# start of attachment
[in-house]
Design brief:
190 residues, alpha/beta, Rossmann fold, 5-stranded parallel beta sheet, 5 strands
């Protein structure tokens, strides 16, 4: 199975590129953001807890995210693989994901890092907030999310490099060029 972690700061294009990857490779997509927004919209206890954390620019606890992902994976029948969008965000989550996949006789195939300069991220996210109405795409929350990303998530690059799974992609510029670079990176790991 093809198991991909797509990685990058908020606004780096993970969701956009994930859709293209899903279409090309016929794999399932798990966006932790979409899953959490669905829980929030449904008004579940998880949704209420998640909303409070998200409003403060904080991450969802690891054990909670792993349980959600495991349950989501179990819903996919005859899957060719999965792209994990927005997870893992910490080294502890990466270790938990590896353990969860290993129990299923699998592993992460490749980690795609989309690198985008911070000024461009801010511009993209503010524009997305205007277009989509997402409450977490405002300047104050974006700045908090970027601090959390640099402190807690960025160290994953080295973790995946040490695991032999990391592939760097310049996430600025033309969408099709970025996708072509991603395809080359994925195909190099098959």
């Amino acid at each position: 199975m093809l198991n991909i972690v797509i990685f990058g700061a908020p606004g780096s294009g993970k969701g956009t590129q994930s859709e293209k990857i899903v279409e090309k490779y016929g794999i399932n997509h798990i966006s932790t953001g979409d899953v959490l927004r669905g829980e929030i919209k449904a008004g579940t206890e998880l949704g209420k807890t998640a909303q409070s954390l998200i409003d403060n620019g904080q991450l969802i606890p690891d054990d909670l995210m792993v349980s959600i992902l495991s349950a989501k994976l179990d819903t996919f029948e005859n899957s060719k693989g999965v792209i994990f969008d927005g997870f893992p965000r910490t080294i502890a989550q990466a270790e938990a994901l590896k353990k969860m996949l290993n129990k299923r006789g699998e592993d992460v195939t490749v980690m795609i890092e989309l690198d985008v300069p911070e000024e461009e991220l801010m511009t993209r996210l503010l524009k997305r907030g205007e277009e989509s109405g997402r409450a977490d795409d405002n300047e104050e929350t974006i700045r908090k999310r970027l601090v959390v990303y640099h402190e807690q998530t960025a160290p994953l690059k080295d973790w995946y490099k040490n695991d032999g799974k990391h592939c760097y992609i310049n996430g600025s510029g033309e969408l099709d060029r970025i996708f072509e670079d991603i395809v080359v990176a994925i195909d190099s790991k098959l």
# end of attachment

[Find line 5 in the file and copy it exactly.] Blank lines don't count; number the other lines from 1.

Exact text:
């Amino acid at each position: 199975m093809l198991n991909i972690v797509i990685f990058g700061a908020p606004g780096s294009g993970k969701g956009t590129q994930s859709e293209k990857i899903v279409e090309k490779y016929g794999i399932n997509h798990i966006s932790t953001g979409d899953v959490l927004r669905g829980e929030i919209k449904a008004g579940t206890e998880l949704g209420k807890t998640a909303q409070s954390l998200i409003d403060n620019g904080q991450l969802i606890p690891d054990d909670l995210m792993v349980s959600i992902l495991s349950a989501k994976l179990d819903t996919f029948e005859n899957s060719k693989g999965v792209i994990f969008d927005g997870f893992p965000r910490t080294i502890a989550q990466a270790e938990a994901l590896k353990k969860m996949l290993n129990k299923r006789g699998e592993d992460v195939t490749v980690m795609i890092e989309l690198d985008v300069p911070e000024e461009e991220l801010m511009t993209r996210l503010l524009k997305r907030g205007e277009e989509s109405g997402r409450a977490d795409d405002n300047e104050e929350t974006i700045r908090k999310r970027l601090v959390v990303y640099h402190e807690q998530t960025a160290p994953l690059k080295d973790w995946y490099k040490n695991d032999g799974k990391h592939c760097y992609i310049n996430g600025s510029g033309e969408l099709d060029r970025i996708f072509e670079d991603i395809v080359v990176a994925i195909d190099s790991k098959l």